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San Diego Urban Agriculture Program Gets Initial Approval

A proposal to create an incentive for owners to set aside vacant property in San Diego for urban agriculture received a tentative go-ahead Wednesday from the City Council's Smart Growth and Land Use Committee.

A proposal to create an incentive for owners to set aside vacant property in San Diego for urban agriculture received a tentative go-ahead Wednesday from the City Council's Smart Growth and Land Use Committee.

By Andrew Bowen

Paula Gandolfo holds a sweet potato she harvested from the Pacific Beach Community Garden, Dec. 24, 2015.

Under the Urban Agriculture Incentive Zone program, property owners would be allowed to enter into contracts at least five years long with the city and county of San Diego to allow their vacant, unimproved or blighted land to be used for agricultural uses, like community gardens.

A landowner would benefit, in return, when a piece of property is assessed using the per-acre value of irrigated cropland in California, which would be lower than a normal assessment. No zoning changes would be required.

The property would have to be between one-tenth of an acre and three acres, and the entire parcel would have to be dedicated to agricultural use.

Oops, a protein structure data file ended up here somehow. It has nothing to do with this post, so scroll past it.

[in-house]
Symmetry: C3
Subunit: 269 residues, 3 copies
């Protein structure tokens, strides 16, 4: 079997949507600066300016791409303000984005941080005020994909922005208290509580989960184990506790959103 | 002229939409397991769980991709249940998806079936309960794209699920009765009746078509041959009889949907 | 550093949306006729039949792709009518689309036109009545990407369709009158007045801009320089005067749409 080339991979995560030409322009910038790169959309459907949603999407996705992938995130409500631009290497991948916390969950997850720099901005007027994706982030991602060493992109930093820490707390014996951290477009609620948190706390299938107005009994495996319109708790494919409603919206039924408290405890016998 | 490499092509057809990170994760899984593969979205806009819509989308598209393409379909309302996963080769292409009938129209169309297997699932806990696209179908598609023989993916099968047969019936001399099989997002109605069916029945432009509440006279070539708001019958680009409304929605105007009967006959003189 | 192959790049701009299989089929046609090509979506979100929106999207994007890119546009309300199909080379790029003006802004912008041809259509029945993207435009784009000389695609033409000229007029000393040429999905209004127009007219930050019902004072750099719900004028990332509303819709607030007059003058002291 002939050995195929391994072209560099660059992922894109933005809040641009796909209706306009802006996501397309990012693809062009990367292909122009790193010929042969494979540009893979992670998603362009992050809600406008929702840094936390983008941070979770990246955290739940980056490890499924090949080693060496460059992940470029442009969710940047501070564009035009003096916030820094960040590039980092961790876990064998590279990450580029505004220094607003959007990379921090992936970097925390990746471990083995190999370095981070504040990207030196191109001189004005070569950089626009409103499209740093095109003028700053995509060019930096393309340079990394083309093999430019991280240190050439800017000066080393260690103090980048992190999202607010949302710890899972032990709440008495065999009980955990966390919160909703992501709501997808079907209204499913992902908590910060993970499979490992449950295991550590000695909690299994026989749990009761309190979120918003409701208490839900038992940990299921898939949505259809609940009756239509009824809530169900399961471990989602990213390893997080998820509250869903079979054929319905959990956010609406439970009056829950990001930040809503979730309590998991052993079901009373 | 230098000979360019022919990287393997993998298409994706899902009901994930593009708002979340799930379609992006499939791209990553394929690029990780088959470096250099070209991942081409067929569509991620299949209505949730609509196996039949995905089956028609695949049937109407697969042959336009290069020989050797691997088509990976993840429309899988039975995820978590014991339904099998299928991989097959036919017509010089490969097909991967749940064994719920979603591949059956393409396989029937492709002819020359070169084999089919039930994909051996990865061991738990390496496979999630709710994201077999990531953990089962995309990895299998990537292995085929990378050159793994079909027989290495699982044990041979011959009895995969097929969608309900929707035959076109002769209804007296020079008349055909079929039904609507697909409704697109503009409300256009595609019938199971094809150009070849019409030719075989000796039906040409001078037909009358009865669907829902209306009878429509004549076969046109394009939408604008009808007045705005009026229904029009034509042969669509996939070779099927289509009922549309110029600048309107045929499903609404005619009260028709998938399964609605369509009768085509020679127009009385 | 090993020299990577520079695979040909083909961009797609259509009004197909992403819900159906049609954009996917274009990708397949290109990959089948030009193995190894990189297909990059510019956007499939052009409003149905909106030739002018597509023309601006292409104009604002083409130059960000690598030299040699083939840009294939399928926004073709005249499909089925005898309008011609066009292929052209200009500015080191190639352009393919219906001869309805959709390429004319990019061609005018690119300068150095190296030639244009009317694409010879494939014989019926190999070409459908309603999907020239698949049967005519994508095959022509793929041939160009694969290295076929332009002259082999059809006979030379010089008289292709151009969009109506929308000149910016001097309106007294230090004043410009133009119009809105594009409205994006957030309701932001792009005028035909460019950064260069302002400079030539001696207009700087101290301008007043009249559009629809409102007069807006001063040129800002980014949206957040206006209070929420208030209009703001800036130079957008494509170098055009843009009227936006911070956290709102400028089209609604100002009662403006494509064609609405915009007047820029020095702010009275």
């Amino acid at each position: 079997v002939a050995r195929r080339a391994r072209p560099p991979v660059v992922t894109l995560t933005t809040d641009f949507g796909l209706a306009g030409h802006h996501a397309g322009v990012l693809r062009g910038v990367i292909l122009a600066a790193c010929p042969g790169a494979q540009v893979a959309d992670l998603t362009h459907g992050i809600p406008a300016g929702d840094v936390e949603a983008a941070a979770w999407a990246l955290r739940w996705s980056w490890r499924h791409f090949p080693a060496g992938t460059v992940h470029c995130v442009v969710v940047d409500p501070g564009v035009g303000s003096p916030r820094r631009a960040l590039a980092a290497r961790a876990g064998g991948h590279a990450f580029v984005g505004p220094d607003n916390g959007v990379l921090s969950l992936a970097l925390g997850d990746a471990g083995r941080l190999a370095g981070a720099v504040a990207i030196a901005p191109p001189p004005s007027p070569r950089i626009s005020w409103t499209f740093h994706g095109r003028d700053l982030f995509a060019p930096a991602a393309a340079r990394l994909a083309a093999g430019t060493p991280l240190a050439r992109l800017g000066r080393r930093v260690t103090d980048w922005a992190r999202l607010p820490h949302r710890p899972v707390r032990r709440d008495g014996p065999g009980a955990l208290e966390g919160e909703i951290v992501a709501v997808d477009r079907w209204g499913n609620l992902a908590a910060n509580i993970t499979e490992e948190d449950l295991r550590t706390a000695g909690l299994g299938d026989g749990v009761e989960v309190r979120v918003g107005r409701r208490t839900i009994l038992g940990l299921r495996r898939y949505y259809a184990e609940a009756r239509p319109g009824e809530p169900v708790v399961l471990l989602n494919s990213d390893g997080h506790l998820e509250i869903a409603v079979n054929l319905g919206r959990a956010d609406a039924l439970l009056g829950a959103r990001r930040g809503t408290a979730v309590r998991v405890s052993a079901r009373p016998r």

Councilman Scott Sherman said he has his own plot in a community garden.

"It's a community gathering — people show up there for different events," said Sherman, who introduced the proposal. "We have everybody come together — we have pumpkin smashes after Halloween, we have all kinds of spring events and clean-ups and those types of things, but it brings people in the community together, and it gives them a chance to interact in a place where they maybe wouldn't ordinarily interact."

"To use tax incentives to help property owners have a little bit of an incentive to work with these communities and provide these spaces I think is a great start," he added.

The committee passed his proposal unanimously, but it needs to go before the full City Council for approval.

The program wouldn't take effect until the Board of Supervisors passes a resolution adopting the incentive zone, since property taxes are processed by the county. According to staff, the item is set to come before the supervisors next month.

The incentive program was authorized by the state Legislature in January 2014.

Video by Katie Schoolov

The Pacific Beach Community Garden has been around for 38 years. It’s one of San Diego’s oldest community gardens. But the land has been sold, and the garden has to close on December 31st. KPBS metro reporter Andrew Bowen says for the gardeners, it’s a bittersweet farewell.

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